Love it or hate it, the trend of communal seating in restaurants that has emerged over the past few years looks like it’s here to stay. These large tables that can sit more than one party at once have grown in popularity and can be found in many chain and independent dining establishments. We’ve weighed up the pros and cons of communal dining to help you decide if it’s right for your restaurant.

The benefits of communal tables

The clearest upside for any restaurant owner is the increased number of seats and high turnaround – especially useful in a smaller space. Not only does it mean a higher number of seats, it also saves the additional space that would normally be found between tables. Add to this the logistical reason that you no longer need to pull tables together and move around the furniture to accommodate big groups and the communal table truly sounds like a winner!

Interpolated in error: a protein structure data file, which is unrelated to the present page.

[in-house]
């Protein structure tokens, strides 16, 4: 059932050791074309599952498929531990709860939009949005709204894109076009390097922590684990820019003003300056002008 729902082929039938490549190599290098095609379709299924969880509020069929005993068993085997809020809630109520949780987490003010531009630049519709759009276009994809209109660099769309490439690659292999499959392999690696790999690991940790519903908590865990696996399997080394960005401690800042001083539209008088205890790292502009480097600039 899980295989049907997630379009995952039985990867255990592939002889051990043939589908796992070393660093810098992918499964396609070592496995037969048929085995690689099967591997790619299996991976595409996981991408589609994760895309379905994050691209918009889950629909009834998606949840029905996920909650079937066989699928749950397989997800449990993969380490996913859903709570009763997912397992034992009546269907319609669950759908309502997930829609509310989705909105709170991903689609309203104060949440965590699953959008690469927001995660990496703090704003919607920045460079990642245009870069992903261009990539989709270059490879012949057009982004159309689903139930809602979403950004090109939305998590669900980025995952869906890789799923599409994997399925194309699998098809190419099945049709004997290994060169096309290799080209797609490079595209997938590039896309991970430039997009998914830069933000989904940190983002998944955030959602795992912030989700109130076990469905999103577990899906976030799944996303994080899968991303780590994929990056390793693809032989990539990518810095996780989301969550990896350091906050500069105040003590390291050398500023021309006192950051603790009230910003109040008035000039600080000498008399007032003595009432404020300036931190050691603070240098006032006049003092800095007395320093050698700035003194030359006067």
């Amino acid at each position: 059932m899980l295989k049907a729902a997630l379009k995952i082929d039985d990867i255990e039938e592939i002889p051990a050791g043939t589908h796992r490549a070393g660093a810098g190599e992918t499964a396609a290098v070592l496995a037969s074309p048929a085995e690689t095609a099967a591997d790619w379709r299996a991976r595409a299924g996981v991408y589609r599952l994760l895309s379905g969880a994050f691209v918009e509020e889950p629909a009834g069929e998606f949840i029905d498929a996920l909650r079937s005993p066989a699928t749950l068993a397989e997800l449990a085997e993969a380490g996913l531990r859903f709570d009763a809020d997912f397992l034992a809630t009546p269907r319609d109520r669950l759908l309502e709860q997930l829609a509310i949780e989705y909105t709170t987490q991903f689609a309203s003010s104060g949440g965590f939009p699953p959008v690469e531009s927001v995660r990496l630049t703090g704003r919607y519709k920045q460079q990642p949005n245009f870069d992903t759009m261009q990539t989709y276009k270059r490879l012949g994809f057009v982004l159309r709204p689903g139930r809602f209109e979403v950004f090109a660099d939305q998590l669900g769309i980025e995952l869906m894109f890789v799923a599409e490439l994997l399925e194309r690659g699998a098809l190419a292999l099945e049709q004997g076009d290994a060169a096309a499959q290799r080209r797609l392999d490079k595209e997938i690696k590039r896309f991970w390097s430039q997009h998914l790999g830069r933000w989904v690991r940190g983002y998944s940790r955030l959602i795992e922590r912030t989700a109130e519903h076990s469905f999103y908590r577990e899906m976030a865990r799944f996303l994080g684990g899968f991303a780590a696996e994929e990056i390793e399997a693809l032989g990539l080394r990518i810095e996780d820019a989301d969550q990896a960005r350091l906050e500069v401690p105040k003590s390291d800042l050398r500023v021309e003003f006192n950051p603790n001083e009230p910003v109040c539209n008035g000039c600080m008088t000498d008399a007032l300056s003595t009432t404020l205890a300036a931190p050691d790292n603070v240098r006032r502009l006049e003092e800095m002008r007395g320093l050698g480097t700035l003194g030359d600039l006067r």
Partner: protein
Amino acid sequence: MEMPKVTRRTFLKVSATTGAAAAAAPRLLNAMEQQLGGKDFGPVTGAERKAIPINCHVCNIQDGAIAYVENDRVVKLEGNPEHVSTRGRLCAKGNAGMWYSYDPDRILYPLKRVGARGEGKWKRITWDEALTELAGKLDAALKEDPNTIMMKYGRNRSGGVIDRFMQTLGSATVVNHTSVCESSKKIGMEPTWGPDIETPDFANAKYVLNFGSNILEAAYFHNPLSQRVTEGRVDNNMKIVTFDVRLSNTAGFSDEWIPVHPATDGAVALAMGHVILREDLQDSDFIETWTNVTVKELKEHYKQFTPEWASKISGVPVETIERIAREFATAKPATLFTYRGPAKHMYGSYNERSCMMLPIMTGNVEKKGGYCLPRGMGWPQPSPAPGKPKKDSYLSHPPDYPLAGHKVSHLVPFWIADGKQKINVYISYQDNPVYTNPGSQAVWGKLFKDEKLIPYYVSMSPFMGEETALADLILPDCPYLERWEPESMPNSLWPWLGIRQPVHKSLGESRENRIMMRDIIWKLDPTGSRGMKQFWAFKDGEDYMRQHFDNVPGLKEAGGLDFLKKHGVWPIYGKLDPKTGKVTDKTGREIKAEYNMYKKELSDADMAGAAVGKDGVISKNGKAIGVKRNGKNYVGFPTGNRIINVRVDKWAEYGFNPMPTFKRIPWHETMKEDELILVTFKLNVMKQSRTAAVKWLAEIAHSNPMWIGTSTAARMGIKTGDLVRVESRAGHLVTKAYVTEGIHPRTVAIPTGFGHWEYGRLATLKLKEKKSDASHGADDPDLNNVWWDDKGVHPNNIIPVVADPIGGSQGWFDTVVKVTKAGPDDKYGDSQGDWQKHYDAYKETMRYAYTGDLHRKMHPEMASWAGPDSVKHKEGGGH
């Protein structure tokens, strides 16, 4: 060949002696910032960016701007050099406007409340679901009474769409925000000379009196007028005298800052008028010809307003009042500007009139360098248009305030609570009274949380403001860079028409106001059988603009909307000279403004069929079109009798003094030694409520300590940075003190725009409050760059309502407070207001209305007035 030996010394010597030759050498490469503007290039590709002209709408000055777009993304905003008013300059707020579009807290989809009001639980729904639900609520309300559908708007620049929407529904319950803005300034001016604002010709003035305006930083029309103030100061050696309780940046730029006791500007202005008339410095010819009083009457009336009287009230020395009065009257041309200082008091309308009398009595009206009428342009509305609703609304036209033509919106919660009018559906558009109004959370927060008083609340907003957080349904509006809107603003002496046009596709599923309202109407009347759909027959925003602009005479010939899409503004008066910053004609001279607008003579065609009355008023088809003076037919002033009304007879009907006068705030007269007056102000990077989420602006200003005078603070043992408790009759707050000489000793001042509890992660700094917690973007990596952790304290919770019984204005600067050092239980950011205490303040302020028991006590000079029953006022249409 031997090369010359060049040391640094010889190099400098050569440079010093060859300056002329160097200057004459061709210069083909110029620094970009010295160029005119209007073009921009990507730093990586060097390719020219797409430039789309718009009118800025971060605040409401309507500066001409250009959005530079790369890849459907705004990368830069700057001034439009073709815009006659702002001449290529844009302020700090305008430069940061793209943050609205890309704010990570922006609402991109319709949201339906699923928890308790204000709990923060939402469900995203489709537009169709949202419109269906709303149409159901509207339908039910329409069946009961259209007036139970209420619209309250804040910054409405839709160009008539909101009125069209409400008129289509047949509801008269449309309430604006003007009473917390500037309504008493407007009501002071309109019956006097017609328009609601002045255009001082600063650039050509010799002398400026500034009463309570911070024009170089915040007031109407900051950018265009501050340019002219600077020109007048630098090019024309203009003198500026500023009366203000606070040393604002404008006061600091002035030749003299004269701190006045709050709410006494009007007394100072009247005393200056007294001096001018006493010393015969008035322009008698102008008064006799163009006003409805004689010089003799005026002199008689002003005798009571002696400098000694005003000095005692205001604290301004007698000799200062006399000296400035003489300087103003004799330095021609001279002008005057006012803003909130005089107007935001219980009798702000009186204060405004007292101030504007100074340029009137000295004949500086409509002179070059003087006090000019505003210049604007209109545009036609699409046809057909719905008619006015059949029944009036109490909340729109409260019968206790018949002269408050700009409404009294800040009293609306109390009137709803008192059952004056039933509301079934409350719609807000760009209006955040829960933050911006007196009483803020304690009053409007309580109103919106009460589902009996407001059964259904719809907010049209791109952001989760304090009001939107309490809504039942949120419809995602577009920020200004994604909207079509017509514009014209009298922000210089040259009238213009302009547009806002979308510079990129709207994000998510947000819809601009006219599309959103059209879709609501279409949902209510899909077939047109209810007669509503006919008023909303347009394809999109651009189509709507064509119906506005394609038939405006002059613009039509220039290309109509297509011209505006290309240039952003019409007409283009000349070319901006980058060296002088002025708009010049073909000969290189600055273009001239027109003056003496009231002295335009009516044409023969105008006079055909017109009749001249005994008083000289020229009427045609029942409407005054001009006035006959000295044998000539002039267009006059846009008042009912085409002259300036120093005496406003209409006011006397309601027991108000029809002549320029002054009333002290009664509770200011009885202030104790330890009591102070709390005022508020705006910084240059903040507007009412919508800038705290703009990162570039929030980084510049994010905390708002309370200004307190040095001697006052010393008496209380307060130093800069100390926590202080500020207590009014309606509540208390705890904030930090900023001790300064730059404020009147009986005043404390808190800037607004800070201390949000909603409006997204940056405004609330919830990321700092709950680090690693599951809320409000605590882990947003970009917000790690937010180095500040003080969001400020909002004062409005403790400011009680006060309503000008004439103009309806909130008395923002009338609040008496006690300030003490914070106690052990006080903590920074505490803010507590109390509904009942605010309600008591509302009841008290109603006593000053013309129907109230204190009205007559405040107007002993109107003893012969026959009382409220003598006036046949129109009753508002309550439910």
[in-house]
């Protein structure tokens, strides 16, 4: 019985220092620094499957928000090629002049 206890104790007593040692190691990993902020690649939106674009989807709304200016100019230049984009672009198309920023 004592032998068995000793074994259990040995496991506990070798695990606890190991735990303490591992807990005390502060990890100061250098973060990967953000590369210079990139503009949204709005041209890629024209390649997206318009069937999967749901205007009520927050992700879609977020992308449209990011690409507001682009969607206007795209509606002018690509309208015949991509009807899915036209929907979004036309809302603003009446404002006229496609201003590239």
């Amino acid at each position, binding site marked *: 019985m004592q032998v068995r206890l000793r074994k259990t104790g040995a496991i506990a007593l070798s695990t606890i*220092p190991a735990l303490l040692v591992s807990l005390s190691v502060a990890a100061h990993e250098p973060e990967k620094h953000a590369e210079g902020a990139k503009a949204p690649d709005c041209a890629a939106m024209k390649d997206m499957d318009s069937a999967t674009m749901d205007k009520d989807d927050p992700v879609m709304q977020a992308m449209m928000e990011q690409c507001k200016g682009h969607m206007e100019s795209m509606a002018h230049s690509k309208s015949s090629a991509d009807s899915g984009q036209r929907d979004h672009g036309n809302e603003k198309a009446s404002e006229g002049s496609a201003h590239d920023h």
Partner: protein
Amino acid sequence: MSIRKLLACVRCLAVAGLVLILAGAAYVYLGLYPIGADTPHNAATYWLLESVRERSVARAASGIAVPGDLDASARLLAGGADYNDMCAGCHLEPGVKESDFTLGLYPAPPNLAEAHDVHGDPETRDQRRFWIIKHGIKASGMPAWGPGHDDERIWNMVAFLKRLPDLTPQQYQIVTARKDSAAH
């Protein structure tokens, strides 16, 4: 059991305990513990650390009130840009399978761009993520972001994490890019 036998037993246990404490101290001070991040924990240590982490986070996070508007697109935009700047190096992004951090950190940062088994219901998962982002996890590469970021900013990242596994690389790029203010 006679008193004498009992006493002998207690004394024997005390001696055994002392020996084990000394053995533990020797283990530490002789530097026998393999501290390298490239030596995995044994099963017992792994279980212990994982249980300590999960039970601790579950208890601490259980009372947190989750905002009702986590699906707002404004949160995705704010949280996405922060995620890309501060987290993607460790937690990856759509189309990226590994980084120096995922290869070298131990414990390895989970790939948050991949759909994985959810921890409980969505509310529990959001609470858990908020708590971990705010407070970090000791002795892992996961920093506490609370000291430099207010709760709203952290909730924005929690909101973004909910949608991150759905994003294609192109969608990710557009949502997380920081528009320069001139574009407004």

There is also a social element to communal dining that can be more enjoyable for some diners. Restaurant Development and Design Magazine said that communal tables are “particularly appealing to millennials, who look for restaurant destinations that can accommodate their desire to socialise, graze and linger.” They can also provide a more pleasant dining experience for solo diners, who can either relax at a table which is clearly not designed for two or engage with other solo diners and parties around them.

The downsides of communal dining

Communal tables are not suitable for every type of dining establishment, and they are not always the best choice on a personal or practical level.